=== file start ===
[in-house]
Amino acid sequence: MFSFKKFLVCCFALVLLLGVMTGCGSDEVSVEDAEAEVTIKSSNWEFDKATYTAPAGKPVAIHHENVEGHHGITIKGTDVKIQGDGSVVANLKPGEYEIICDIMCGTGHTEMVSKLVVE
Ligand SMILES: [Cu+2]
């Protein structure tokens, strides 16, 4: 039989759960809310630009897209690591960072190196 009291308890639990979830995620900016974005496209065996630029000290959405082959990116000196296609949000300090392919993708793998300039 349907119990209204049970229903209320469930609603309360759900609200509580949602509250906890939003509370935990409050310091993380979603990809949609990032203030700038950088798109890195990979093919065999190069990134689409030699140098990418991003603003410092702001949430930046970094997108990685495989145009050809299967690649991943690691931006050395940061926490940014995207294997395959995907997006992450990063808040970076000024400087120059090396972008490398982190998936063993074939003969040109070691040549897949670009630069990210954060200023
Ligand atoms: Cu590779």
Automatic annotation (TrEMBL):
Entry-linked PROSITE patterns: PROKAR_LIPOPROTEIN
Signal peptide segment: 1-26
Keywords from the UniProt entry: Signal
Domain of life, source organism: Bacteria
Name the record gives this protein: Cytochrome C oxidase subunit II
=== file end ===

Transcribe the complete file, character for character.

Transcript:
[in-house]
Amino acid sequence: MFSFKKFLVCCFALVLLLGVMTGCGSDEVSVEDAEAEVTIKSSNWEFDKATYTAPAGKPVAIHHENVEGHHGITIKGTDVKIQGDGSVVANLKPGEYEIICDIMCGTGHTEMVSKLVVE
Ligand SMILES: [Cu+2]
């Protein structure tokens, strides 16, 4: 039989759960809310630009897209690591960072190196 009291308890639990979830995620900016974005496209065996630029000290959405082959990116000196296609949000300090392919993708793998300039 349907119990209204049970229903209320469930609603309360759900609200509580949602509250906890939003509370935990409050310091993380979603990809949609990032203030700038950088798109890195990979093919065999190069990134689409030699140098990418991003603003410092702001949430930046970094997108990685495989145009050809299967690649991943690691931006050395940061926490940014995207294997395959995907997006992450990063808040970076000024400087120059090396972008490398982190998936063993074939003969040109070691040549897949670009630069990210954060200023
Ligand atoms: Cu590779």
Automatic annotation (TrEMBL):
Entry-linked PROSITE patterns: PROKAR_LIPOPROTEIN
Signal peptide segment: 1-26
Keywords from the UniProt entry: Signal
Domain of life, source organism: Bacteria
Name the record gives this protein: Cytochrome C oxidase subunit II